The choice to continue antidepressant medication should be made as a shared decision with the patient, based on discussion of the risk of relapse, possible side-effects of the drugs (such as an increased bleeding risk or long-term effects on sexual function) and the risk of difficulty stopping antidepressants.

Stopping antidepressants

The guideline says prescribers should explain to patients that it is usually necessary to reduce the dose of their antidepressant gradually but that most people stop treatment successfully. Patients should be warned about withdrawal symptoms (such as dizziness, altered feelings, agitation and insomnia), which can be mild and tend to disappear within 1–2 weeks, but can in some cases be more severe or long-lasting.

When stopping an antidepressant, prescribers should take into account the drug's pharmacokinetic profile (antidepressants with a short half-life need to be tapered more slowly) and duration of treatment. The dose should be slowly reduced to zero, by prescribing a proportion of the previous dose (eg, 50%) at each step, and considering smaller reductions (eg, 25%) as the dose becomes lower. If slow tapering cannot be achieved using tablets or capsules, liquid preparations can be considered.

If mild withdrawal symptoms occur, the patient should be reassured that these are common and do not reflect a relapse of their depression. If symptoms are severe, it may be necessary to restart the drug at the previous dose, and re-attempt tapering at a slower rate after symptoms have resolved.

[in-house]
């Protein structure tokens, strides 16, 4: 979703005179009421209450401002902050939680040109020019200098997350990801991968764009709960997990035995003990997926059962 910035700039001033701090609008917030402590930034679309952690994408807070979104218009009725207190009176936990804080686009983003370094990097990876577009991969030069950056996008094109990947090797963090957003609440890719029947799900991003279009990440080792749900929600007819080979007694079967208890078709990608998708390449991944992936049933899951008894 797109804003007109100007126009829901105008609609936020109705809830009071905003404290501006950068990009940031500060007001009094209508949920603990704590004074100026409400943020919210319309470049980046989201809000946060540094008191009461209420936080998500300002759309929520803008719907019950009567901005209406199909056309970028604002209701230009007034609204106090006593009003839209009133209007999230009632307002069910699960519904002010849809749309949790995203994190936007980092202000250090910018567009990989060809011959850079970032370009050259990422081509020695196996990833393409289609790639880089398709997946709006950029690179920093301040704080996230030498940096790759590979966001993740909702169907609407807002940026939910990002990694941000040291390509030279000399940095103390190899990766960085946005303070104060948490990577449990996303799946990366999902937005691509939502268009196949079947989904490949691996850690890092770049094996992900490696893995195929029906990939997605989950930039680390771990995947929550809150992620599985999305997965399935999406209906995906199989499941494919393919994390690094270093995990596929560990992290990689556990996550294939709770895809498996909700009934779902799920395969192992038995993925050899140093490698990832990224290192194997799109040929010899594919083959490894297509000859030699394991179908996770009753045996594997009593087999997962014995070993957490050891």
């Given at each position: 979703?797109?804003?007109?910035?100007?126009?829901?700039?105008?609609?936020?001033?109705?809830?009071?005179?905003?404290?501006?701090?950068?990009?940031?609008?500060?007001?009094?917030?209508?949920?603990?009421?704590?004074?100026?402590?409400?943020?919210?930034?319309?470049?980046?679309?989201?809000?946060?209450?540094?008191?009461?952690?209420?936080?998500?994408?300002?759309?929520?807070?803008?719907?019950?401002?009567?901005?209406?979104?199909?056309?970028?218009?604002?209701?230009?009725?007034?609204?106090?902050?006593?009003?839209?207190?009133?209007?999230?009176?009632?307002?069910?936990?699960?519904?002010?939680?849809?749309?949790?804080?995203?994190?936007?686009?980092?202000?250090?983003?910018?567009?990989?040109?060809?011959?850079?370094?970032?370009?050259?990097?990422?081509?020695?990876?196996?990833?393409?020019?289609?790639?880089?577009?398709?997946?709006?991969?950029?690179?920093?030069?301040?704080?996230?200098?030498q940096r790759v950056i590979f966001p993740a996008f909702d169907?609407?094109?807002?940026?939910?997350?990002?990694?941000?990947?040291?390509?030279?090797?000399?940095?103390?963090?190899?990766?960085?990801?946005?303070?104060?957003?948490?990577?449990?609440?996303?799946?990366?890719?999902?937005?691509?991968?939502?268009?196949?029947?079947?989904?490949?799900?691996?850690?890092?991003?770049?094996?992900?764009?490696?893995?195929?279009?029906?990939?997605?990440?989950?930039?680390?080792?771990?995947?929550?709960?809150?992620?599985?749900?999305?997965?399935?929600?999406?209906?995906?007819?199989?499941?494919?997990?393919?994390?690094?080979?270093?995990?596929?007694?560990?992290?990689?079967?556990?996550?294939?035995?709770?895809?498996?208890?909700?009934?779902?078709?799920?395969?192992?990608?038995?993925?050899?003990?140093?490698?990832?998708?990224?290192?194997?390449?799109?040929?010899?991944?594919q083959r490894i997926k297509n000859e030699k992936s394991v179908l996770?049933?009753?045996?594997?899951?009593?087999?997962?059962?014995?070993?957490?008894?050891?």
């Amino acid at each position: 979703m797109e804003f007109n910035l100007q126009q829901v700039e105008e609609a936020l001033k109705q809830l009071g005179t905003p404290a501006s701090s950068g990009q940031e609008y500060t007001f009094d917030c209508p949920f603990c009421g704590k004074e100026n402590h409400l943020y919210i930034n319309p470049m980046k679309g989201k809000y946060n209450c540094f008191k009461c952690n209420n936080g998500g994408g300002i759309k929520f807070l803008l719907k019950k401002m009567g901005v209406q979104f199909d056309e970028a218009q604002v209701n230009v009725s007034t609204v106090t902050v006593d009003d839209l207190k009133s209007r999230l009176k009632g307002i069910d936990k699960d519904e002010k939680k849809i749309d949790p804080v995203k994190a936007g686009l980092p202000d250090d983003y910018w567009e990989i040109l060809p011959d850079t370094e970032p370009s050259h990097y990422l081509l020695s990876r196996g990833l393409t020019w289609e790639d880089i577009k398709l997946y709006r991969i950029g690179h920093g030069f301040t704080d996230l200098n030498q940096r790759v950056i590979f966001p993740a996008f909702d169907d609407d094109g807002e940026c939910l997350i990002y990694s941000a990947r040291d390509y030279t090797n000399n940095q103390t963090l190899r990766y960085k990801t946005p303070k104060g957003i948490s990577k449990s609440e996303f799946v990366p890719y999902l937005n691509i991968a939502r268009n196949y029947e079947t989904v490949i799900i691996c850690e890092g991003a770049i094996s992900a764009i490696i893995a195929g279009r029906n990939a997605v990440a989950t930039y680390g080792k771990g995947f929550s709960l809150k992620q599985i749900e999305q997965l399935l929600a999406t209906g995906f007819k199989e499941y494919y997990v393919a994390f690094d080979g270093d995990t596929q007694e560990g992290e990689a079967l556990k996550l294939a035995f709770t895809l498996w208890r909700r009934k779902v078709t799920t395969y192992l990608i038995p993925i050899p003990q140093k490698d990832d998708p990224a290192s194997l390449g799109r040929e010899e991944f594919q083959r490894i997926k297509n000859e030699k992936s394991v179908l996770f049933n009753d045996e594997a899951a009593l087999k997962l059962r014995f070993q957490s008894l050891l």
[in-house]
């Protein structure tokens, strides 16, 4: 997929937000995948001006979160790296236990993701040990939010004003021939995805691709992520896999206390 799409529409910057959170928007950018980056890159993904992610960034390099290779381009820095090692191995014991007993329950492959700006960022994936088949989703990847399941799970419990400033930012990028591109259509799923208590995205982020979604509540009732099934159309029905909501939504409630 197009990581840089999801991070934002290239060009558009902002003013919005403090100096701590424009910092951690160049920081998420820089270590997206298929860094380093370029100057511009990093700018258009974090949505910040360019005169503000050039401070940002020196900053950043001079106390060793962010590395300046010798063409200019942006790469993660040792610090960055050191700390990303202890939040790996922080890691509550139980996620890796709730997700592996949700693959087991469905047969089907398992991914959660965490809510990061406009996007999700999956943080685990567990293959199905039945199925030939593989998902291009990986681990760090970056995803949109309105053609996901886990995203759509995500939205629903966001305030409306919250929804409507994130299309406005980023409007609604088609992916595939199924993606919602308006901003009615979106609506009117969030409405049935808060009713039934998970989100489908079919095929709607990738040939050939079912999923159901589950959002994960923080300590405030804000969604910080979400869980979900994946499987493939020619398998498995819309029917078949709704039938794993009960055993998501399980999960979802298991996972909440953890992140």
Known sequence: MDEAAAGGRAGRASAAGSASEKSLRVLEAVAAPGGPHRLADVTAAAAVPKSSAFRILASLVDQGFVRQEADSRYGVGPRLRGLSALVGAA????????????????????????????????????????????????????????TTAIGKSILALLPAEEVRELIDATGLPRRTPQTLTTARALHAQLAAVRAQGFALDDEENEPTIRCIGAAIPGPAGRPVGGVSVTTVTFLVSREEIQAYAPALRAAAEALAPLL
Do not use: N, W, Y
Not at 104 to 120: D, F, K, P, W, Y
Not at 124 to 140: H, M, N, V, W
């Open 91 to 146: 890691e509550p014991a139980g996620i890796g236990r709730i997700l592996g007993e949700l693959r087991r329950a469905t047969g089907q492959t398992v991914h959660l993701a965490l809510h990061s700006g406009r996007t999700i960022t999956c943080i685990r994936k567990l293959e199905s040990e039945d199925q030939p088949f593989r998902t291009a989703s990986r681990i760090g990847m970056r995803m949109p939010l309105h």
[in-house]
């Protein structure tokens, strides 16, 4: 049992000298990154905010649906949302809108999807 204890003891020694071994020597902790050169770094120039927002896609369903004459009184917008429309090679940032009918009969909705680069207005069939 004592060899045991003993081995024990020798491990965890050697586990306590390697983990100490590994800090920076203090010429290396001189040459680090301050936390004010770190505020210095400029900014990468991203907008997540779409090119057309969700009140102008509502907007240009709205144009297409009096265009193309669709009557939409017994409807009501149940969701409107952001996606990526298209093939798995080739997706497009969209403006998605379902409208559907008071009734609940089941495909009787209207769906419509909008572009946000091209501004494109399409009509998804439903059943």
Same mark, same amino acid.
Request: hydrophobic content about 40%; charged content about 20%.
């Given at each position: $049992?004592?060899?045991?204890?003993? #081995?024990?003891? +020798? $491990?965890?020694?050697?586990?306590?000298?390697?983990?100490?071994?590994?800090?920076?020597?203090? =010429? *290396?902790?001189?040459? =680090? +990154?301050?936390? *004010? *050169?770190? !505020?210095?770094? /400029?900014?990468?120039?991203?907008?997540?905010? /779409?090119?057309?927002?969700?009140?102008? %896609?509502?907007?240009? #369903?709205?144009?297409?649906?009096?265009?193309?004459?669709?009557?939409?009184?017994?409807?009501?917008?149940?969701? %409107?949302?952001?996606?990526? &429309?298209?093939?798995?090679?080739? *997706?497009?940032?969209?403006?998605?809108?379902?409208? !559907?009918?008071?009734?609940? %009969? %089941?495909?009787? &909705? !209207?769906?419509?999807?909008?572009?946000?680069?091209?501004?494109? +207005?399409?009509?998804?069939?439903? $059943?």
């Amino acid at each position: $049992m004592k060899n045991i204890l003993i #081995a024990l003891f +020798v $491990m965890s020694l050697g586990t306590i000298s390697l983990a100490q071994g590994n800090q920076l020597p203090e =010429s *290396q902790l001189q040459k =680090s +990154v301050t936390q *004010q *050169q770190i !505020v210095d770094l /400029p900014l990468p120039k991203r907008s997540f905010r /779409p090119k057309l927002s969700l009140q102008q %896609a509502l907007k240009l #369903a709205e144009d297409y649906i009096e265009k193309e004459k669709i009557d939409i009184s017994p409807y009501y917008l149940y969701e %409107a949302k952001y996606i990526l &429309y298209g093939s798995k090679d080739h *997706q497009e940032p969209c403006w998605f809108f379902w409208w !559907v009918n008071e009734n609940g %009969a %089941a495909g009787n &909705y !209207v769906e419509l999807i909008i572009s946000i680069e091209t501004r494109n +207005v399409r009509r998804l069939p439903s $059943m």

The guideline recommends particular care is taken when stopping antidepressants such as paroxetine and venlafaxine, which are more likely to be associated with withdrawal symptoms. It notes that rapid tapering may be possible when switching to a different antidepressant. MIMS provides a table of guidance on switching and withdrawing antidepressants, summarised from the 14th edition of the Maudsley Prescribing Guidelines in Psychiatry.

Serotonin theory

Following publication of the NICE guidance, an umbrella 'review of reviews' has thrown further doubt on the serotonin or 'chemical imbalance' theory of depression, which the authors argue has  provided a justification for the use of antidepressants. 

However, other researchers pointed out that the serotonin theory of depression is no longer current thinking, and that use of antidepressants is based on their efficacy in clinical trials. 

Responding to the review, a spokeperson for the Royal College of Psychiatrists said: 'Antidepressants are an effective, NICE-recommended treatment for depression that can also be prescribed for a range of physical and mental health conditions.

'Treatment options such as medication and talking therapy play an important role in helping many people with depression and can significantly improve people’s lives. Antidepressants will vary in effectiveness for different people, and the reasons for this are complex, which is why it’s important that patient care is based on each individual’s needs and reviewed regularly.

'Continued research into treatments for depression is important to help us better understand how medications work as well as their effectiveness. Medication should be available for anyone who needs it. We would not recommend for anyone to stop taking their antidepressants based on this review, and encourage anyone with concerns about their medication to contact their GP.'